It’s the time of year for signing your kids up for fall sports. Whether your kid plays football, soccer, volleyball, basketball, wrestling or even swimming, you should pay careful attention to the Concussion Information Sheet AND the Sudden Cardiac Arrest Information Sheet, both legally required by Washington State. The law requires every athlete to annually review, sign and return two different forms to school, prior to initiating practice or competition. Since the forms only require the athlete and one parent to sign, parents who share custody or whose ex-spouse has sole custody may not even see these forms. If you’re the parent who hasn’t seen the forms, you should go to the Washington Interscholastic Activities Association website, read the Concussion form, and the Sudden Cardiac Arrest Information Sheet. The website also has videos and links to other excellent resources to help educate parents on athletic safety. Most parents will find it disturbing, if not shocking, that the concussion form contains this highlighted warning:
ALL CONCUSSIONS ARE POTENTIALLY SERIOUS AND MAY RESULT IN COMPLICATIONS INCLUDING PROLONGED BRAIN DAMAGE AND DEATH IF NOT RECOGNIZED AND MANAGED PROPERLY
Parents should be aware of the legal obligation of coaches to look for signs of a concussion, remove the child from play who is suspected of sustaining a concussion or head injury, and not allowing the child to return to play until the athlete has received written clearance from a licensed health care provider trained in the evaluation and management of brain injuries. It’s up to the team to have such a health care provider on site, so if one is not at the event, the injured athlete cannot return to play. Don’t hesitate to ask the coach if a health care provider will be with the team, and whether a portable AED defibrillator is available as well as someone trained to use it. Preventing brain damage and death should be strong motivation for following the law.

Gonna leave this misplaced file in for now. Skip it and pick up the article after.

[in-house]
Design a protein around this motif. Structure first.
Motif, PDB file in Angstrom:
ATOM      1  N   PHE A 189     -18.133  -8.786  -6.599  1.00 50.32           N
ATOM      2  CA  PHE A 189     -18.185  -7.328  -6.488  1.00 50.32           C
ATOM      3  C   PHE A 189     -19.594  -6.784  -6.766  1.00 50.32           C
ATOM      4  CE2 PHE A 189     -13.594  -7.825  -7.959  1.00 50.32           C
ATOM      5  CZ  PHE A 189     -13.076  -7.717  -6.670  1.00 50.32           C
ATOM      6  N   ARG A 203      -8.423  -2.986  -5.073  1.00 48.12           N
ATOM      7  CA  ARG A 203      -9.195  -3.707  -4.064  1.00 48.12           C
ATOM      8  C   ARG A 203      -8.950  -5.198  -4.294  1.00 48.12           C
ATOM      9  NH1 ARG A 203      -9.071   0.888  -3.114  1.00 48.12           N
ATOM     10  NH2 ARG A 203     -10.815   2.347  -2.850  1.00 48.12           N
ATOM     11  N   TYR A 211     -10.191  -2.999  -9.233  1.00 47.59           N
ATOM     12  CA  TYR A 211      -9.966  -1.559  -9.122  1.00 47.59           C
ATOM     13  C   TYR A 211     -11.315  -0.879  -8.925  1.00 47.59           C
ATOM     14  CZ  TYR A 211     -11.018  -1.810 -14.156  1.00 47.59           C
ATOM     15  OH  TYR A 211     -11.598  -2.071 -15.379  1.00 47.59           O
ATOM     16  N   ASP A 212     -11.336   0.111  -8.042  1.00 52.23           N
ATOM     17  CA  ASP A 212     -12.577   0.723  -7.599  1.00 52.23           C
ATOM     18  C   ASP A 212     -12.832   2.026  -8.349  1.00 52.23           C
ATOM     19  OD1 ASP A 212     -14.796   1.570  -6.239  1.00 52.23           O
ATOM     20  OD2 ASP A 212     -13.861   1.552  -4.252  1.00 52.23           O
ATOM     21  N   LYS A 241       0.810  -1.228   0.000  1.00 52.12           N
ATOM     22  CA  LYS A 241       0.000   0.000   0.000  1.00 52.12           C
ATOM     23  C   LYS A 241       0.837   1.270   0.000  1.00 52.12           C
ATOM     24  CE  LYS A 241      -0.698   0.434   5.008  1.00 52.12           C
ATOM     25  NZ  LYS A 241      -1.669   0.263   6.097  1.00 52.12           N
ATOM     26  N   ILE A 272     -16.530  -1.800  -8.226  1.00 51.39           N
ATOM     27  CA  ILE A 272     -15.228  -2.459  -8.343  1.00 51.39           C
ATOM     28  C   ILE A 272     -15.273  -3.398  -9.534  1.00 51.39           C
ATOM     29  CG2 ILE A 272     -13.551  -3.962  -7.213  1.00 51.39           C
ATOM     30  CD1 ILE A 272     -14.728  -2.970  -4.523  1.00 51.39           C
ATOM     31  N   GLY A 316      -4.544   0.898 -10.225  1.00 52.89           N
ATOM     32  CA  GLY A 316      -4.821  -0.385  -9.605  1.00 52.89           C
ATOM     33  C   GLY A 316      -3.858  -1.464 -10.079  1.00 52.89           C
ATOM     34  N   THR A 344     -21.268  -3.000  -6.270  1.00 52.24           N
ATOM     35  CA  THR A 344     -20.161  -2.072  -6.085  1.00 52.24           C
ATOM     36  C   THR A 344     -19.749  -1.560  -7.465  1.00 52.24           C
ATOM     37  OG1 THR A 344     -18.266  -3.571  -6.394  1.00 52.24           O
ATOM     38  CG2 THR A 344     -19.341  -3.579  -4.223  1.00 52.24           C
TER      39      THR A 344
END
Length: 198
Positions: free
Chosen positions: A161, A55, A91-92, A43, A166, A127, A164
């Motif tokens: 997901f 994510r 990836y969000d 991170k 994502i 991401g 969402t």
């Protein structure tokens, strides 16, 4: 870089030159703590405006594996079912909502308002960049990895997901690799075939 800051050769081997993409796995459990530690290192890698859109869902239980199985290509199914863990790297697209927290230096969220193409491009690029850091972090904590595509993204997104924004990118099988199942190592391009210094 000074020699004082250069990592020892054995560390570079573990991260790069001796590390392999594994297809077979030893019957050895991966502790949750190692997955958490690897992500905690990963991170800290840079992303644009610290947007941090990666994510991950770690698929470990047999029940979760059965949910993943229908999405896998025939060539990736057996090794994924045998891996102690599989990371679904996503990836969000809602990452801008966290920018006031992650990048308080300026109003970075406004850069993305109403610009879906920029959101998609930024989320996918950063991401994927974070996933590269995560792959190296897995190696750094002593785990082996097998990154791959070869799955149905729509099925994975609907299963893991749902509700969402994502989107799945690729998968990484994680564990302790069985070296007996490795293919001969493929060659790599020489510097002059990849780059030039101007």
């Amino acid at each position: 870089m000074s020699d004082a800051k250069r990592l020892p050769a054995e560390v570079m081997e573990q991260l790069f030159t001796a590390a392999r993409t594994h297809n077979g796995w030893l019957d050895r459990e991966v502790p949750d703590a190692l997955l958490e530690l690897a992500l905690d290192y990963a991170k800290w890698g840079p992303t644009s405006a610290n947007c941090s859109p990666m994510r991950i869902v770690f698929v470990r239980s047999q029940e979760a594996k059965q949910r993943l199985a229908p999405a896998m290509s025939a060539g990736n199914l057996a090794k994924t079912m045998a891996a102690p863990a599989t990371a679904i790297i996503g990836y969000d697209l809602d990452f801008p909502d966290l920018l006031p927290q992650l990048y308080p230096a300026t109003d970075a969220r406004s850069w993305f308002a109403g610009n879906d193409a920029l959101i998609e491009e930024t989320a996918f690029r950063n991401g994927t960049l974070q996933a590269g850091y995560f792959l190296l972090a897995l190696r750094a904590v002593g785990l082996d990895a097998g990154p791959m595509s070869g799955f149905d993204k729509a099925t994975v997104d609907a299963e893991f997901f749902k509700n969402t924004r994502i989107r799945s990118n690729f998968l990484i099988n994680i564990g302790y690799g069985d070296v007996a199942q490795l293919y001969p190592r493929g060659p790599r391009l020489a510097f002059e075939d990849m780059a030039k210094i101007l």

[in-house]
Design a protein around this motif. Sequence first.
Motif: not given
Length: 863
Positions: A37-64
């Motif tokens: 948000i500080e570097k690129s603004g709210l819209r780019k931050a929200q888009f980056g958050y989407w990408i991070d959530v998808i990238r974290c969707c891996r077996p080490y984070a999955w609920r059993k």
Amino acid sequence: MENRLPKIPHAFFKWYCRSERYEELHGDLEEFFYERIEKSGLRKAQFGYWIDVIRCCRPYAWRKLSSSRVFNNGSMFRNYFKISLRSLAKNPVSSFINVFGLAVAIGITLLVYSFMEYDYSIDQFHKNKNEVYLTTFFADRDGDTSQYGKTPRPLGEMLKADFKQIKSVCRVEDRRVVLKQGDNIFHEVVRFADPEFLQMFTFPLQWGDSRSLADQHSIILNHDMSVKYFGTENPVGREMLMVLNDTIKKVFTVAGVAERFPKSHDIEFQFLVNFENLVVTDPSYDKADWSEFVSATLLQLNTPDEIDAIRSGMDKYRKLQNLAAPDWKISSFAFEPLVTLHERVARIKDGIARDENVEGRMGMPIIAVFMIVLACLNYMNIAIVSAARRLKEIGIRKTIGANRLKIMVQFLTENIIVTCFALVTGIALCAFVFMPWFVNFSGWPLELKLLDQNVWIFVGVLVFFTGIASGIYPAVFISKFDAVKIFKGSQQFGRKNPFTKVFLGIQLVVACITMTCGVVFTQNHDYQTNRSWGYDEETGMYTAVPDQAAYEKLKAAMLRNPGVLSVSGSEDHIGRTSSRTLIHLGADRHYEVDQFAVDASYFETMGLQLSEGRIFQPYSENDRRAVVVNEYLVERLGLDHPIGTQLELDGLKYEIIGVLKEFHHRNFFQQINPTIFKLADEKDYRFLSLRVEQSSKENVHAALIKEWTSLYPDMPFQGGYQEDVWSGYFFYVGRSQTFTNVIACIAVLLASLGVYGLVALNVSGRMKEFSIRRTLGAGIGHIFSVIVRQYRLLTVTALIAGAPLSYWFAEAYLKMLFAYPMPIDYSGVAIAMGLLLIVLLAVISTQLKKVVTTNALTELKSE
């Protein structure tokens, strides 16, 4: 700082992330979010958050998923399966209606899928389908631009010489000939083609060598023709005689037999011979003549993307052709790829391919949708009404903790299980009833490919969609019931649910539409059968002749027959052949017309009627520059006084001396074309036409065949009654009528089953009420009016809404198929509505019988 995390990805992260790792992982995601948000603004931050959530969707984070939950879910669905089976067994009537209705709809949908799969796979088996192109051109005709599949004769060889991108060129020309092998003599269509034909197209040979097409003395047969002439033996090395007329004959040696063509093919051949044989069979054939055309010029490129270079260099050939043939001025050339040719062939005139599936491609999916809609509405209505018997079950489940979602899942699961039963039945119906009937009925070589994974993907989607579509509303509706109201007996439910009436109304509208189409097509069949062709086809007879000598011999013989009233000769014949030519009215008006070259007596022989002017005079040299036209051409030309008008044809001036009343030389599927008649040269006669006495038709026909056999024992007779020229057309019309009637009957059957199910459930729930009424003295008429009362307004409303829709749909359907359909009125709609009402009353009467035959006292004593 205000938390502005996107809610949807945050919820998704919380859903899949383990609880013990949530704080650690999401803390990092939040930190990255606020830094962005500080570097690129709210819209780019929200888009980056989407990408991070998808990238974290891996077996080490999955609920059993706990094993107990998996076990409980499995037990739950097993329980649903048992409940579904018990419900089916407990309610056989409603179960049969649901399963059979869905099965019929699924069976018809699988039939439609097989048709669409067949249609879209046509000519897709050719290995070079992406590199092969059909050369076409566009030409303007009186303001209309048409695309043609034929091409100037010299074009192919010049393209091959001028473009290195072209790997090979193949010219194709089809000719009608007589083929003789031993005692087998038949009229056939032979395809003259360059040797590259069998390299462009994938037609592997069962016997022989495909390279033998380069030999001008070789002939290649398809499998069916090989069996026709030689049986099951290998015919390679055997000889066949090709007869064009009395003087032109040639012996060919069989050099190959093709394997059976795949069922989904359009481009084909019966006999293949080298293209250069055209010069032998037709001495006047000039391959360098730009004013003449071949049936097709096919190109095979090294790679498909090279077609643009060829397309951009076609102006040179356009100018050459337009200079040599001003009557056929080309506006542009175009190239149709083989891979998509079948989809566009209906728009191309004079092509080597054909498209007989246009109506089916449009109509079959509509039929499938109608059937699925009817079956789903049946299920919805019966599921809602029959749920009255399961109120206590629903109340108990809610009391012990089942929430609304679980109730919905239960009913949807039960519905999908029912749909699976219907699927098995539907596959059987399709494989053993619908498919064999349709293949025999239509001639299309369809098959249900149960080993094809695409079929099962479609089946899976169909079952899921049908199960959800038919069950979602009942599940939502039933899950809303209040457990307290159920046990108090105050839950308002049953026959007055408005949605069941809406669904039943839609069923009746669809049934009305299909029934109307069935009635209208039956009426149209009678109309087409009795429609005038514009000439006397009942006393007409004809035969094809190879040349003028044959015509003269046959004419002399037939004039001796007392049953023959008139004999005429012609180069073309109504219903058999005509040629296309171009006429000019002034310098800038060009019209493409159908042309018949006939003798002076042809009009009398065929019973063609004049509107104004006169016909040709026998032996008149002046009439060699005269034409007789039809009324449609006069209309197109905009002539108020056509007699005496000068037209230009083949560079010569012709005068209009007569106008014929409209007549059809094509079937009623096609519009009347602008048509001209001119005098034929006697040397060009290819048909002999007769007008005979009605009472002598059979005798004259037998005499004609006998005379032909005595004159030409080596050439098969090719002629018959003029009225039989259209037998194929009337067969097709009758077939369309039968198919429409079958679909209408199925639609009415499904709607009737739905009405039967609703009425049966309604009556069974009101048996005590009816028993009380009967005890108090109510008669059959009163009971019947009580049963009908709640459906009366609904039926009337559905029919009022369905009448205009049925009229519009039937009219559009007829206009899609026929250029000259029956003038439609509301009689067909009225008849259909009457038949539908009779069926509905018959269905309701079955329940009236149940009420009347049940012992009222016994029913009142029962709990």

Learning to Spot a Concussion in Children
To help parents and their athletic kids to better comprehend concussion safety, a great resource comes from the Center for Disease Control, which now has an app you can download to help parents learn how to spot and respond to a concussion, and helps with helmet fit, safety and care. The CDC also has a second app for kids called Rocket Blades that is a brain safety game described as “a futuristic world of galactic racing adventures where children can learn the benefits of playing it safe and smart!”
The app aimed for kids aged 6 to 8, is designed to teach children:
the different ways the brain can get hurt during sports activities.
how important it is to tell a coach, parent, or other adult when an injury occurs.
the importance of taking time to rest and recover if they have a concussion.
When parents of athletic children divorce, they need to continue making decisions about sports that can have serious consequences to their child’s safety. The Bellevue divorce lawyers at Molly B. Kenny, LLC understand how critical these issues are to divorcing parents, and are ready to help parents face these important decisions.